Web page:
Republican judge frees defendants after losing job to Democrat


Public Defender Steve Halpert told ABC 13 that when Judge Devlin took the bench on Wednesday, he asked the juvenile defendants before him: "If I release you, will you go out and murder anybody?".

"Judge Devlin's mass release of children today, without any apparent concern for the children's safety or for ensuring that they are released to their parents, proves his detachment from the needs of each child", Director of Political Strategies Sharon Watkins Jones said in a statement.

He reportedly released nearly every juvenile defendant who appeared before his court Wednesday, after simply asking if they would end up killing anyone.

A Texas judge known for sending kids to juvenile detention released a group of juvenile defendants who appeared before him Wednesday, in an unusual move that came less than a day after losing his bid for re-election, according to local media reports. "Judge Devlin would never normally ask that question of a juvenile". Devlin was one of three Republican juvenile court judges ousted by county voters.

Devlin, a longtime Republican jurist who has been a presiding judge in the 313th District Court since 2010, was one of dozens of Republicans who had their seats snatched by a Democrat in the state in Tuesday's midterm election.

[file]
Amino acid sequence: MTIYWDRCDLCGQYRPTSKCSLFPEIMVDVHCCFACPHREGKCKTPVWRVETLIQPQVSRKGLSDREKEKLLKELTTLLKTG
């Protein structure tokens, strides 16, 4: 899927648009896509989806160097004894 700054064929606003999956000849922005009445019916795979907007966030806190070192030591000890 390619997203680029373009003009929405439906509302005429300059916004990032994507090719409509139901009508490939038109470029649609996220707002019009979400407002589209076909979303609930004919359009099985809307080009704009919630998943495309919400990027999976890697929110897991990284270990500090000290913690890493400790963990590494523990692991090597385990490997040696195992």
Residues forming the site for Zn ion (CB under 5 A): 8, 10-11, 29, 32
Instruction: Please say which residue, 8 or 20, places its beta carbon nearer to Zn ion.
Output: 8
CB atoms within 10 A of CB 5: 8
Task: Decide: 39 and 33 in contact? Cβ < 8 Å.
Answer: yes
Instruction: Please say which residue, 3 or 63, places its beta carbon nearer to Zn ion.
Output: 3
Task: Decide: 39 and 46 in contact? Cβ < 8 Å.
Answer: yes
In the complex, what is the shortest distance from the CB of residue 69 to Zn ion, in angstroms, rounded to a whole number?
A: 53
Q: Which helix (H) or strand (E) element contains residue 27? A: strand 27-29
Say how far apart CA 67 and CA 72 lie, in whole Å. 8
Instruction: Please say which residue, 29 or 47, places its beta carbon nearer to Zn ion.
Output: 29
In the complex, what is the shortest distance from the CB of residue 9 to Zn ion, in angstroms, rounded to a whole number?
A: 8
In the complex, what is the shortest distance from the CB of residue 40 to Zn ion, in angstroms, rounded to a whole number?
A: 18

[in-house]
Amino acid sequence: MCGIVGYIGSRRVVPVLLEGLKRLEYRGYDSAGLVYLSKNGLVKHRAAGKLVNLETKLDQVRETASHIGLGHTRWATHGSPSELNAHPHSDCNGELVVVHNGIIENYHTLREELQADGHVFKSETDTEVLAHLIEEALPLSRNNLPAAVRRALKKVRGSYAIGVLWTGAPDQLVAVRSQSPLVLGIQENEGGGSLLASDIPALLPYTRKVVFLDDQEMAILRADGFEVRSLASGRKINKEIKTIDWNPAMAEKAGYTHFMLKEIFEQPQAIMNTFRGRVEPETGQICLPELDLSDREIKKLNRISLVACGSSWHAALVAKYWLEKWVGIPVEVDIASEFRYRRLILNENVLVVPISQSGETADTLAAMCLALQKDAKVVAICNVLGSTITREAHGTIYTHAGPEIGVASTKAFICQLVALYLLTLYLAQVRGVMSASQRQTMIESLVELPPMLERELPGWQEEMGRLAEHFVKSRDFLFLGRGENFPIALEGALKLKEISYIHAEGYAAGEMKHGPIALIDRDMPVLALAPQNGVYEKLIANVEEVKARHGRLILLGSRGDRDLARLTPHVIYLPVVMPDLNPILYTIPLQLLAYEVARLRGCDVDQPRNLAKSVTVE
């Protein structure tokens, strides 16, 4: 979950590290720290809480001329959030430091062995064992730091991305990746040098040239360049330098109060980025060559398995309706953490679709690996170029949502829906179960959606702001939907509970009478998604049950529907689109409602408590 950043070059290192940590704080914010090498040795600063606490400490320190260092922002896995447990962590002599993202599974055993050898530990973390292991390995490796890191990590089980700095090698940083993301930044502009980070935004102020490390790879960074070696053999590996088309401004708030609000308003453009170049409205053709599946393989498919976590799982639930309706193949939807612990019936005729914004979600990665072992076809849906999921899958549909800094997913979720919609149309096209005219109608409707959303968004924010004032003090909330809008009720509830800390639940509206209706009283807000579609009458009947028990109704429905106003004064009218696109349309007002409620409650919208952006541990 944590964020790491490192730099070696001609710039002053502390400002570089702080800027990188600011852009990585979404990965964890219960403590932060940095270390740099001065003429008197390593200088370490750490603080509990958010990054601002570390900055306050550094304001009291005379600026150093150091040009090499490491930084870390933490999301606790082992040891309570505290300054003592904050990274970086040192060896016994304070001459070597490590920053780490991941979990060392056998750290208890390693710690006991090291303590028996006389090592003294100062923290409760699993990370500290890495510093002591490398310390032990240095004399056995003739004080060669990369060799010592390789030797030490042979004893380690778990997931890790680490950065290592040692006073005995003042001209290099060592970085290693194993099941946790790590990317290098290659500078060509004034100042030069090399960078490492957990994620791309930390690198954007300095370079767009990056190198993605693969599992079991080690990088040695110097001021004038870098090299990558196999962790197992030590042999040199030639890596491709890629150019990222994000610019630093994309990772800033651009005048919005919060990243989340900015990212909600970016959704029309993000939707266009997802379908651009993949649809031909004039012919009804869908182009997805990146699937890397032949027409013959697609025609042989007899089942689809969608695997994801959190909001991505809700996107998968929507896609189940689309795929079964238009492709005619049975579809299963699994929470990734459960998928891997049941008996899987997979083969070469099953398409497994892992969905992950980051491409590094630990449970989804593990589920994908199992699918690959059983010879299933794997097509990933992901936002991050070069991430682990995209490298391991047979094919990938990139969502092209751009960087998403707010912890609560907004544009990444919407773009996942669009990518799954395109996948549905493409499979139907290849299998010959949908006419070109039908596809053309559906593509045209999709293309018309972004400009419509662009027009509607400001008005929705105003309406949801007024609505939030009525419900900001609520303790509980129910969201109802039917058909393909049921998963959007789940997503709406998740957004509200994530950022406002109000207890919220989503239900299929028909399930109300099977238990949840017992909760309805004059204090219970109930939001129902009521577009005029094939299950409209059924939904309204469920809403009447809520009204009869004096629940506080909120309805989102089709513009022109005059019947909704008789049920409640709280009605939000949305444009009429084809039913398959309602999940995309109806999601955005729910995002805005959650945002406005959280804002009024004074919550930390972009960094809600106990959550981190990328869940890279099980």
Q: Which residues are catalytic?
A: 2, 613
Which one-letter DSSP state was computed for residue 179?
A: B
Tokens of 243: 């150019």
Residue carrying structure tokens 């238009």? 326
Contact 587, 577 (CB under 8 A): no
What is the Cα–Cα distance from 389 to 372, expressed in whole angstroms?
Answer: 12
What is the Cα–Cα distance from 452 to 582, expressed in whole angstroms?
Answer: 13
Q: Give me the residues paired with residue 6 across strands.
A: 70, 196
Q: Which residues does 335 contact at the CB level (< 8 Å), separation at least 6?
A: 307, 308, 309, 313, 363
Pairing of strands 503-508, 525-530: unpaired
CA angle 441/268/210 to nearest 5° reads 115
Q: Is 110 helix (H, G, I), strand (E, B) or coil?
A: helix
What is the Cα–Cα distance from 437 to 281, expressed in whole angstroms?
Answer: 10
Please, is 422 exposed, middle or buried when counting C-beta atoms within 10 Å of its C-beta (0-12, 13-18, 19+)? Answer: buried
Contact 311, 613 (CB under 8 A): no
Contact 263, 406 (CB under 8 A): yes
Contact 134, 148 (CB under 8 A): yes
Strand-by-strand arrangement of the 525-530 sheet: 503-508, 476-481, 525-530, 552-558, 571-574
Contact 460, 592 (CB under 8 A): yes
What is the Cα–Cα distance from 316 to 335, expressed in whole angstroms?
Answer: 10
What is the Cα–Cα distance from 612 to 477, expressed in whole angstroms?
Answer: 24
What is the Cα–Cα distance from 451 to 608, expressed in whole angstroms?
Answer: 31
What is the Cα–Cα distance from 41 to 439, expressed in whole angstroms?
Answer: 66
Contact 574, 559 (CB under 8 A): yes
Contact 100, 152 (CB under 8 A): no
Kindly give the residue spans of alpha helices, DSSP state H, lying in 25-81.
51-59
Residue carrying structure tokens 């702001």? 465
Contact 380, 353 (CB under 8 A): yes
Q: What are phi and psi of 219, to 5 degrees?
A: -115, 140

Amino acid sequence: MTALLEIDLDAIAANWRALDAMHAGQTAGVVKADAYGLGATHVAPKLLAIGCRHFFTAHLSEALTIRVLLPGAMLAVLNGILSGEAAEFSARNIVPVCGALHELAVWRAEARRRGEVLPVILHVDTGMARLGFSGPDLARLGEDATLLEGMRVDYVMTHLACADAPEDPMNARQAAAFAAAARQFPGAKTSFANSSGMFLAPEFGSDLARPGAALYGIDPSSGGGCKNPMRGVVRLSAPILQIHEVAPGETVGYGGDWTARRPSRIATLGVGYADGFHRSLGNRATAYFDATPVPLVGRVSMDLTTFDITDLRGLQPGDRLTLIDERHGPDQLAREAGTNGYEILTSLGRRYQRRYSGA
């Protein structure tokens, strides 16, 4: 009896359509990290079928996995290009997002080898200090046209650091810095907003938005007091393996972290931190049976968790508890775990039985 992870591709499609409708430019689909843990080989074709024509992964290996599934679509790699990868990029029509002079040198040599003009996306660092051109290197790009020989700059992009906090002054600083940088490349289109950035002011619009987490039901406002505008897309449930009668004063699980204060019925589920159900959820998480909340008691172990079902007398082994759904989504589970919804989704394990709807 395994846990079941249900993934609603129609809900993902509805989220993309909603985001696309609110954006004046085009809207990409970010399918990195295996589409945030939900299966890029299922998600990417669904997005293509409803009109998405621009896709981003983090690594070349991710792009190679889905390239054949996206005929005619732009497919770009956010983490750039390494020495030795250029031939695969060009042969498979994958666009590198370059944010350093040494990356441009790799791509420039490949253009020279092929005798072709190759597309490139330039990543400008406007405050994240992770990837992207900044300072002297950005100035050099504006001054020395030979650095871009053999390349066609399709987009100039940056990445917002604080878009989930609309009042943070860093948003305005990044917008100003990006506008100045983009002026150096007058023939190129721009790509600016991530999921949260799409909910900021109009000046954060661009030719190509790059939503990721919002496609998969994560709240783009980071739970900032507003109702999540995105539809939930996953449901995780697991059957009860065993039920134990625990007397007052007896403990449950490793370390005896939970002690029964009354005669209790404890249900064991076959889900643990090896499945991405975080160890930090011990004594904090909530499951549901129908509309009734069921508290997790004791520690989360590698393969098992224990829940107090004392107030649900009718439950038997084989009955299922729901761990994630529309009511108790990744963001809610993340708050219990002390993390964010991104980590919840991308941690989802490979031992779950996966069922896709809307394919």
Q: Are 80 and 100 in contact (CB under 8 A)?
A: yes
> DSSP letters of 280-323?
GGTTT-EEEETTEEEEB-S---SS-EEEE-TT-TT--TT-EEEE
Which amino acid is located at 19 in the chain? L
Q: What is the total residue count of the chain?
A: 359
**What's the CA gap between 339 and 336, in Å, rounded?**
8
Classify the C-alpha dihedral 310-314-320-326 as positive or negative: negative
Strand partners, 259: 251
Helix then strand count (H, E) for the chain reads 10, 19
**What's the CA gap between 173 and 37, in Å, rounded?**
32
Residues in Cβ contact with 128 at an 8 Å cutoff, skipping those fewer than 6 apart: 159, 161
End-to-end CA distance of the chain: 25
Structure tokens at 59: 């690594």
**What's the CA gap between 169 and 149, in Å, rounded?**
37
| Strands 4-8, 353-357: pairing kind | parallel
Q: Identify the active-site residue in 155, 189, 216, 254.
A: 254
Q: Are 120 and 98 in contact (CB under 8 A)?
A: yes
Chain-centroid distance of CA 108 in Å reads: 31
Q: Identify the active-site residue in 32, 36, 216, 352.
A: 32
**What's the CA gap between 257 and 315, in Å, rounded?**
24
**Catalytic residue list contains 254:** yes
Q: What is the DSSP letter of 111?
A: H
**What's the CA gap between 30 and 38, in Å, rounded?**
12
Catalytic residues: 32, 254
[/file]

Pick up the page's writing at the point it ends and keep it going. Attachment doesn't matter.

The judge has not responded to multiple requests for comment.

Harris County District Attorney Kim Ogg condemned Devlin's actions, saying it "could endanger the public" and that her office opposes "the wholesale release of violent offenders at any age".

Houston Judge Glenn Devlin reportedly made each child promise they wouldn't kill anyone before he allowed them to walk free, according to The Houston Chronicle. Seven were released, including four facing charges of aggravated robbery, officials told the paper.

On Thursday, Devlin was a no-show in court.

"But nobody has seen this before", he added.

He says typically there's a lot of discussion about why the juvenile should not remain in custody, but not this time.

The rest of the cases were reset for January 4, after Devlin's replacement, Democrat Natalia Oaks, takes the bench.

Alex Bunin, the county's chief public defender, suggested to the Houston Chronicle that his actions were something of a sulk.